The Russians, Americans, French, British, Germans, and others all have active programs to disrupt undersea communications, and they have had them for a long, long time.
This is not rocket science. A group of undergrad and graduate engineering students has demonstrated the use of low-end side scanning sonar and Rube Goldberg AUV tech to detect and track underwater cables for up to 2 weeks and 350 miles autonomously. The cables themselves are scarcely bigger than your thumb in deep water, and quite fragile (easily cut or percussively disrupted). The current they carry (yes, the optical ones too) are detectable from dozens of meters with inexpensive sensors as well.
The undersea infrastructure has always been prone to periodic failure, let alone vulnerable to deliberate attack. There is little a determined naval forces can do to prevent these possibilities aside from attempt to provide redundancy, which is not a military function, or deterrence, which is arguably a function that can be effected with political or non-naval resources better than naval resources.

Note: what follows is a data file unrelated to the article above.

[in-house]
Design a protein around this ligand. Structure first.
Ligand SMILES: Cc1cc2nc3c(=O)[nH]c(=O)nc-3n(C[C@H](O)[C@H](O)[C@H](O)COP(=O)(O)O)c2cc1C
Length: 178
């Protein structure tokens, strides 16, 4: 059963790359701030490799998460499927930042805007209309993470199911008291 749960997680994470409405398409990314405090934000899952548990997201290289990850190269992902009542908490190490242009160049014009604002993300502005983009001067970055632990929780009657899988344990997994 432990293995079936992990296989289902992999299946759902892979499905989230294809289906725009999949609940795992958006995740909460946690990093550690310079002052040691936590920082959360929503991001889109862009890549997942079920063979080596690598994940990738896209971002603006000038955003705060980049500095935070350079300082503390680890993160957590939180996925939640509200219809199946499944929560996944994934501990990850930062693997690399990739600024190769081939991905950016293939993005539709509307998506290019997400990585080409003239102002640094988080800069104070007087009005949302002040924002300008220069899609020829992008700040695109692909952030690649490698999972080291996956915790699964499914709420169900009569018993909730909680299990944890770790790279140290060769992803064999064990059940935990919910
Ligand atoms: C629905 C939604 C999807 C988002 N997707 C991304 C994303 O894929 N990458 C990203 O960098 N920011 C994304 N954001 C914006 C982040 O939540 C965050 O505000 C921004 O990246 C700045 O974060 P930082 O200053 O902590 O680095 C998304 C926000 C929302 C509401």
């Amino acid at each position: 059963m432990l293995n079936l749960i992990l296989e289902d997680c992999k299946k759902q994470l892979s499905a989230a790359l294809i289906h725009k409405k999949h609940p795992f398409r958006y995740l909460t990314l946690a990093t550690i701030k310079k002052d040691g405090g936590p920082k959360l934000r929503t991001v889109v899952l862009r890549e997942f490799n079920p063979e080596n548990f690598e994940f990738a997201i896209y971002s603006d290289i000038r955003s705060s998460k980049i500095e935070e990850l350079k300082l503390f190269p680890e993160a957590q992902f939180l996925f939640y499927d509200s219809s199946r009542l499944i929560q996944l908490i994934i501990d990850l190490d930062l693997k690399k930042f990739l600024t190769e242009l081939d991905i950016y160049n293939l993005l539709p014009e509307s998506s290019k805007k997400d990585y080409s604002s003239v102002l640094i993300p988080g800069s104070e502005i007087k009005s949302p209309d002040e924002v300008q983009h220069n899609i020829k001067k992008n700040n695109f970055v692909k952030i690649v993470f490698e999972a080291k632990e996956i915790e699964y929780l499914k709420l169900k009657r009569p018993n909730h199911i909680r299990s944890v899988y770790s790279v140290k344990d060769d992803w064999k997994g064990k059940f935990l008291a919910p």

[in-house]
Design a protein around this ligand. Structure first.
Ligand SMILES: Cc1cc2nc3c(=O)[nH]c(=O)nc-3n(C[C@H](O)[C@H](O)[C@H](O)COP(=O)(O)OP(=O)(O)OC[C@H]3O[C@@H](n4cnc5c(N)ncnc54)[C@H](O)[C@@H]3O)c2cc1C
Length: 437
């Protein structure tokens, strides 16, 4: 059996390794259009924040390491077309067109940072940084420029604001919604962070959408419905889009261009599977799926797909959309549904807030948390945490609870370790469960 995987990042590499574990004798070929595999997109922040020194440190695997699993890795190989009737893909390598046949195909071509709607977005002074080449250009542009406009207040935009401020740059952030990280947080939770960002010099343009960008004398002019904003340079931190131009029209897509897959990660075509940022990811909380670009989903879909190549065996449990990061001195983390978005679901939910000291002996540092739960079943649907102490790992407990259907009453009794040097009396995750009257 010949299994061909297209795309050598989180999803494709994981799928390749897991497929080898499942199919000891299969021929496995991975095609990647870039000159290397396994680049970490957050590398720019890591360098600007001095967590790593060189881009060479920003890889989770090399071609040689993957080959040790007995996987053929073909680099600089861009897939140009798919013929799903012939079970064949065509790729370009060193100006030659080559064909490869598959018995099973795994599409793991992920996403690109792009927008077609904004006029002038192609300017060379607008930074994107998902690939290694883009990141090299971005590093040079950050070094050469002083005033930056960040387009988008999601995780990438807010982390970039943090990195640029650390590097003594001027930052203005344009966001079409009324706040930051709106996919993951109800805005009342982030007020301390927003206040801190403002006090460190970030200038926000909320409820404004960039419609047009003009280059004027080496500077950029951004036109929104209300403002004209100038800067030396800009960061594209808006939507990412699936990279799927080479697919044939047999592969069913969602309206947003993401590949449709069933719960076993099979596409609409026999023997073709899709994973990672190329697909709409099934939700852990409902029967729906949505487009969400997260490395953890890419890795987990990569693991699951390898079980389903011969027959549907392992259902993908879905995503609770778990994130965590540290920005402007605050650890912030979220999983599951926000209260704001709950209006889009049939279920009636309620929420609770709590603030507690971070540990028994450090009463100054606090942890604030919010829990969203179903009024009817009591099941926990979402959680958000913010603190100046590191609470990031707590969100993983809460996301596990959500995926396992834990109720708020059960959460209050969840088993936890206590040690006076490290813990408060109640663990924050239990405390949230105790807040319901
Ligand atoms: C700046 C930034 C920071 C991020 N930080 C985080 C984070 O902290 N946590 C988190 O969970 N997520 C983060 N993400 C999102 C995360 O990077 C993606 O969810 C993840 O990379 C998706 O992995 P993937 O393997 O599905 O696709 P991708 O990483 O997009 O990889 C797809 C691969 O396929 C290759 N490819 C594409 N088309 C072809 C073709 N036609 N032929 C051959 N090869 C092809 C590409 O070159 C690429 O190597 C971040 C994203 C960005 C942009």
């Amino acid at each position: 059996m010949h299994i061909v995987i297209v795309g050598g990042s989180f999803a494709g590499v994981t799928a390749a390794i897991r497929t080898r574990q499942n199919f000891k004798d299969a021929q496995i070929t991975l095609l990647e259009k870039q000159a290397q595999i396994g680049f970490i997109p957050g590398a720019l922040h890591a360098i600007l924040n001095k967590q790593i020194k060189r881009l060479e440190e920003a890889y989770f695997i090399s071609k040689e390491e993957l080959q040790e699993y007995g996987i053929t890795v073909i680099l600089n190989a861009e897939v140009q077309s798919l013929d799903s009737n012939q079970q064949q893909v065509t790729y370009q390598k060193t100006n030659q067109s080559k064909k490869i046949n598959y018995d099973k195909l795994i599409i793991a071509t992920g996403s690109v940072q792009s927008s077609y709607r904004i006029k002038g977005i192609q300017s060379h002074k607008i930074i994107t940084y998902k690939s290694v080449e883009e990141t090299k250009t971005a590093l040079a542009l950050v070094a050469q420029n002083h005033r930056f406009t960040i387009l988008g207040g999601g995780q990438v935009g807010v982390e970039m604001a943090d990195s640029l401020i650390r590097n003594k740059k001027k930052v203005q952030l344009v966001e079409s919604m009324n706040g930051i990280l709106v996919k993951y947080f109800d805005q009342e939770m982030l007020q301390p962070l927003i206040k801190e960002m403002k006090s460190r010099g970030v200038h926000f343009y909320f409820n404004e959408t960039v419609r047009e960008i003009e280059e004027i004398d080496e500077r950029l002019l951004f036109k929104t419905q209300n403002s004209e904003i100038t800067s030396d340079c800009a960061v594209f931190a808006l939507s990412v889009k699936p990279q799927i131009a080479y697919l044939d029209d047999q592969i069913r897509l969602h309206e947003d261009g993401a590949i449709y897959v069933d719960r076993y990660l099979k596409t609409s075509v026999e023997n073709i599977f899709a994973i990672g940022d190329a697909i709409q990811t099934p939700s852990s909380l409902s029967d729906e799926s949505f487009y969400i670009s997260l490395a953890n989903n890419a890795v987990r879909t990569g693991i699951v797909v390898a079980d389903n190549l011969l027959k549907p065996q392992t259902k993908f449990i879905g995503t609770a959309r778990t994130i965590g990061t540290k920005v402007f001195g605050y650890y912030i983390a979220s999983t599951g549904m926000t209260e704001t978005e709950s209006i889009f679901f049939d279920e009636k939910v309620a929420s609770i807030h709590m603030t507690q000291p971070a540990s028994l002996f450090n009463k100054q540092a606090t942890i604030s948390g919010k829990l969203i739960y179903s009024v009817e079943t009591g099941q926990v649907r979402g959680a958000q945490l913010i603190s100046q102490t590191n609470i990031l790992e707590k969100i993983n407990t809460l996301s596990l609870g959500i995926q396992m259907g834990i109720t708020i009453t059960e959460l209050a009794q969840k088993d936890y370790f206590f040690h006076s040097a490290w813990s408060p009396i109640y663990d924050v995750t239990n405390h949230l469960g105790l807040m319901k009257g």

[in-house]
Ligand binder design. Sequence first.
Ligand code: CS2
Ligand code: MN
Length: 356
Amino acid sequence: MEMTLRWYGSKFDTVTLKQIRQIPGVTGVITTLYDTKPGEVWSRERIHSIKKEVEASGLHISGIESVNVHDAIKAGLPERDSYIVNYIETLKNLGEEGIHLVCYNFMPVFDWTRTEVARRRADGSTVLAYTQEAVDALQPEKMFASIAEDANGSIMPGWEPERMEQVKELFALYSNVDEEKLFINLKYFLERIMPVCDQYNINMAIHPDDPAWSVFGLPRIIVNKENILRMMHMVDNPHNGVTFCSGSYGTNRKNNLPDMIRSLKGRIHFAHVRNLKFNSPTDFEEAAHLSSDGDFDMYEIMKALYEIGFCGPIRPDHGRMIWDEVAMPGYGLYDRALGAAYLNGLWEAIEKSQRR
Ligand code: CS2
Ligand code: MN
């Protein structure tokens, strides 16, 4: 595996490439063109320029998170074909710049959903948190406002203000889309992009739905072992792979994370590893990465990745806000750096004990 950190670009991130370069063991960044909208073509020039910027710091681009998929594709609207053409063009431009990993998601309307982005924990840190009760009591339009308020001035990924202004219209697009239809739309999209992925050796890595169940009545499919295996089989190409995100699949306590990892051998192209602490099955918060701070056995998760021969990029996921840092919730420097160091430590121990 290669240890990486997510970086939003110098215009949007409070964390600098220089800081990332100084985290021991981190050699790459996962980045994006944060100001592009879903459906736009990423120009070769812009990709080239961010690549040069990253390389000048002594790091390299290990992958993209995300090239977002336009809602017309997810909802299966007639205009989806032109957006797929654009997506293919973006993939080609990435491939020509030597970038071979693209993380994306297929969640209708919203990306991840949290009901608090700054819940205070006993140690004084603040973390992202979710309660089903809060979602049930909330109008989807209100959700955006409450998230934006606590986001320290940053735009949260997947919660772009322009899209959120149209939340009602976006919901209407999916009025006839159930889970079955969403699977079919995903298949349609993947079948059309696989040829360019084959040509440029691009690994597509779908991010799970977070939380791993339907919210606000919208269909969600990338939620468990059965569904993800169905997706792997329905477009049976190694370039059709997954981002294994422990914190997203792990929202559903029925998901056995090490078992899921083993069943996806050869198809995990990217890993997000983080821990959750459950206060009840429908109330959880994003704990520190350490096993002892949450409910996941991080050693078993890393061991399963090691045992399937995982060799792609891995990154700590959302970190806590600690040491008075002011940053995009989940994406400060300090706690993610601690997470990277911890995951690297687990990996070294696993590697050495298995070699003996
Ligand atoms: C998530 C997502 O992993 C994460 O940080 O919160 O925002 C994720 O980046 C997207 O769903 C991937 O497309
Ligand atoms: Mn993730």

The bottom line: nothing new here, no greater vulnerability exists now than before the Navy was fighting the backchannel war to feed the mouthbreathers to get more funding.